It was that pattern in the landscape which started him thinking about the centuries of agricultural activity in England; that one of the important things about the country is that it has been occupied for so many years that there are layers of human habitation and history everywhere.  It is not possible to walk anywhere where no-one has walked before you; and that we are surrounded by the signs of history if we care to notice them; it’s all drenched in narrative.

At the watercolour exhibition the picture which jumped out at him was one of a bird’s eye view of field enclosures. This, together with his ‘Watford Gap Moment’, started him thinking about land clearances and the people affected; and that even if he wrote something ‘historical’ it could still have contemporary relevance as there have always been, and still are, people being turned off land.

He quoted Hilary Mantel’s ‘rule’ that in historical fiction if you are going to include a fact, then you must ensure that it is correct.  JC said he didn’t adhere to that tenet.  For him, facts create constraints on narrative imagination – the less you know, the more you can imagine.

The questions from the audience after he had read from Harvest, focussed on his stated intent that this would be his last novel.  Some people were worried about how he would express his creativity without fiction to write(!).  He assured us that he still has plans to write some natural history books, (which, with his love for making things up may not be entirely based on science), and that, after many years of sitting alone in his work room in his garage, he has other creative plans outside….and there’s always the possibility that he will change his mind and find the right ‘autobiographical’ book to write.

So, here’s to a Watford Gap Moment for us all today.

‘Harvest’ by Jim Crace

‘Harvest’, Jim Crace’s new novel, begins as the barley harvest is nearly over, the cutting has been done and the women and children are gleaning the last pearls before the pigs are allowed onto the fields to rootle around for the scraps.  It’s a routine familiar to every resident of the unnamed village, but their traditions are under threat.

The omens are poor when three strangers, a mysteriously appealing woman, and two men set up camp on the village’s common ground, and, on the same night, part of the manor house is set on fire.  At the same time, another man, nicknamed Mr Quill, is walking around the village scratching things in a book.

These events lead to violence, suspicion and destruction.  Over a period of a week, Walter Thirsk, the narrator, sees his adopted home ruined and his neighbours scattered.  The villagers punish the strangers cruelly, and as things worsen, turn on each other; while the landowner, newly arrived to survey the area, takes advantage of the resulting disorder.

The story is set in a past on the verge of change; old ways will be set aside to make way for sheep on the land.  It’s a time when a man might be fearful of being injured at night in case the pigs come to attack, and when the trouble caused by the arrival of strangers will so disrupt a community that they can think of nothing else, and leave farm and housework undone in order to plot revenge.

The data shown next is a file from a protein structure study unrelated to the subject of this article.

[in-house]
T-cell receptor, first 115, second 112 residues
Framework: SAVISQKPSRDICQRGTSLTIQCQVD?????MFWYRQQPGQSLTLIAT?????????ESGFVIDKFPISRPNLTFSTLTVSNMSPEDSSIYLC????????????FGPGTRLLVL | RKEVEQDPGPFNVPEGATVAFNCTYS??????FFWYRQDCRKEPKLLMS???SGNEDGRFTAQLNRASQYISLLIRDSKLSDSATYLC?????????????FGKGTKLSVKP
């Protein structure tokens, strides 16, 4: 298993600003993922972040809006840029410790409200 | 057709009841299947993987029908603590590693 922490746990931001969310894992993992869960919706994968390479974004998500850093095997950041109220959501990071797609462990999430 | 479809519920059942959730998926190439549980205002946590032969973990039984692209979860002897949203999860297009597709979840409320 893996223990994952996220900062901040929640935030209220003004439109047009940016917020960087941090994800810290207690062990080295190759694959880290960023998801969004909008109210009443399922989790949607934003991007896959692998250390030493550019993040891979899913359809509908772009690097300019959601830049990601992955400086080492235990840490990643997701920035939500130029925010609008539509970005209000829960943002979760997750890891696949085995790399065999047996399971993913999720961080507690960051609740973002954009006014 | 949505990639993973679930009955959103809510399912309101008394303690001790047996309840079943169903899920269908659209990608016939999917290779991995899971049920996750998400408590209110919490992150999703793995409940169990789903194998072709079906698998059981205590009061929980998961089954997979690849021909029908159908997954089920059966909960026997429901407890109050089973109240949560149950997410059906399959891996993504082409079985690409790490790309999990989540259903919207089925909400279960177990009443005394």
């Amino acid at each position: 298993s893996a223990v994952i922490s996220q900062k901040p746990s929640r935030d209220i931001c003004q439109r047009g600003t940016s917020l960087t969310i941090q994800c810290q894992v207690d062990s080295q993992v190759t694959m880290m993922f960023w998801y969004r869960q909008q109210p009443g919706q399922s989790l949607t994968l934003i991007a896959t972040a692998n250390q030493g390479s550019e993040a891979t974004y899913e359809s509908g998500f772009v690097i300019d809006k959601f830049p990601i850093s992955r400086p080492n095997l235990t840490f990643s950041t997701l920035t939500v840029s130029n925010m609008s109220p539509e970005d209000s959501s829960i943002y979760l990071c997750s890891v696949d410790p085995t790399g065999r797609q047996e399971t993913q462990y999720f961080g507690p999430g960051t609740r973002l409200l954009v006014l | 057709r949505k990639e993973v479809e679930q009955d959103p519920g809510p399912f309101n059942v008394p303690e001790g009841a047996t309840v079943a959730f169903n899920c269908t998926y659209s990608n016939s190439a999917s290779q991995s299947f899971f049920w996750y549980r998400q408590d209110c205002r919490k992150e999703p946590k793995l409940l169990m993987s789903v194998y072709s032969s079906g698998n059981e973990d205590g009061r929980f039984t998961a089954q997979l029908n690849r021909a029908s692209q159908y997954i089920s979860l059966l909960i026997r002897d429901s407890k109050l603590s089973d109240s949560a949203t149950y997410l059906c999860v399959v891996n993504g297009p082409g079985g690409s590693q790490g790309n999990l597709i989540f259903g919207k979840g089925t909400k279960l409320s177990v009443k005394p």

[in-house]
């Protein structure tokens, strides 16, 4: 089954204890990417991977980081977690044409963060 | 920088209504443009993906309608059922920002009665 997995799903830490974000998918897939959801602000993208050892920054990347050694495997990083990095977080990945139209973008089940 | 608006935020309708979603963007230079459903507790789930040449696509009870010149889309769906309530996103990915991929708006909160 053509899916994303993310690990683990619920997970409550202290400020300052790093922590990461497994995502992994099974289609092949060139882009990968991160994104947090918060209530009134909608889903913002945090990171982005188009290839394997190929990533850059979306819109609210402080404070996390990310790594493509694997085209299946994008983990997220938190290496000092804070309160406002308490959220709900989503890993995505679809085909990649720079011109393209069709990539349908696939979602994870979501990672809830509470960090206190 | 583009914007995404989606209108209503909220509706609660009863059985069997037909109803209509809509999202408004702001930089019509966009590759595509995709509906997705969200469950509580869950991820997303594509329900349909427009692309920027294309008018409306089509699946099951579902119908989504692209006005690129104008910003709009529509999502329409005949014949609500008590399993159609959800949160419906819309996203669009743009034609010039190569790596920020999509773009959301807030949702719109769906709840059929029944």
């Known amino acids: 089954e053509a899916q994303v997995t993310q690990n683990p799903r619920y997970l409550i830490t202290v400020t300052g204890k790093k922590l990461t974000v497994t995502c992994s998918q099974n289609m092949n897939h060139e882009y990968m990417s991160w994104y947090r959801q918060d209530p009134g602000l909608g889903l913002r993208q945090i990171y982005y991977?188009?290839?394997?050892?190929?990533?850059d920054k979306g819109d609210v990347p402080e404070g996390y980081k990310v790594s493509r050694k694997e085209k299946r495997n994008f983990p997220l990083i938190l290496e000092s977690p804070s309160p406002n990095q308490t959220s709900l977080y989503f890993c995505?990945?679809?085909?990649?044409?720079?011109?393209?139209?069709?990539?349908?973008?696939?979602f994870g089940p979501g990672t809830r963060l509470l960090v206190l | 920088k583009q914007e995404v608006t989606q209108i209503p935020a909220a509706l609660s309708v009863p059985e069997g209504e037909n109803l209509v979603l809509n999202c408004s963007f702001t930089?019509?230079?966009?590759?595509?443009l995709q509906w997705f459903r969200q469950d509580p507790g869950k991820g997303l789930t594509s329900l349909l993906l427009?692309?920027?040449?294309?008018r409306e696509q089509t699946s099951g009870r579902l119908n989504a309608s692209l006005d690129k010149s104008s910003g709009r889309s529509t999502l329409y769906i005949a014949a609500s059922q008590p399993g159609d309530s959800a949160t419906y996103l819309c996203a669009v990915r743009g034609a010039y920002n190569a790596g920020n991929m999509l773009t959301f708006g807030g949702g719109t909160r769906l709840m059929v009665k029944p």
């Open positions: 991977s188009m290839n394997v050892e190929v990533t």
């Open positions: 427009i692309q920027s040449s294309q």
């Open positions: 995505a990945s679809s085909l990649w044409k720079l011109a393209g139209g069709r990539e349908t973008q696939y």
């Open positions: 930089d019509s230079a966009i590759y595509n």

This is a book which is likely to provoke a variety of responses; dip into the discussion of it on Radio 4’s Saturday Review and you’ll get a flavour of the disparity of strongly held views.

I enjoyed it for the lyric fluidity of the prose, the evocation of an unnamed place in a time I will never know and the creation of a character I was not sure I entirely believed or trusted. But I was frustrated by the slow pace; what had felt like luxuriant description in the early chapters, got on my nerves towards the middle and end; and I was also puzzled by the narrative voice, by the complexity of expression of Walter, who declared himself to be such a simple man, but who had an extensive and elaborate vocabulary. While I was enjoying the read, I surrendered to the beauty of the voice, but, inevitably, enjoyment turned to resistance when I became impatient with the pace.

This has, however. broken a spell of my not enjoying reading anything I attempted, a time which made me feel out of sorts, and now, having found much to admire in this book, and having read it with an appreciation that took me away from being aware of the passage of time, my proper relationship with books has been restored, for which, a heartfelt thanks.

The Need to Read

IMG_2946I’ve not been reading enough lately, even though I am an adherent of the belief that it takes a better reader to make a better writer.  I’ve had a couple of false starts with novels that I began to resent having to carry around with me, and found myself reading newspapers left behind in train carriages rather than take the offending volumes out of my bag.  So I’ve abandoned the attempts at these worthy books from ‘the canon’ and instead am about to launch myself on the pile of new (ish) releases I’ve recently acquired variously through the generosity of others, and out of seeking refuge from the snow in a book shop yesterday.

I’ll let you know how I get on, but in the meantime, it’s always good to have a photo of some books.  These were in the window of a second hand shop in Galerie Vivienne in Paris.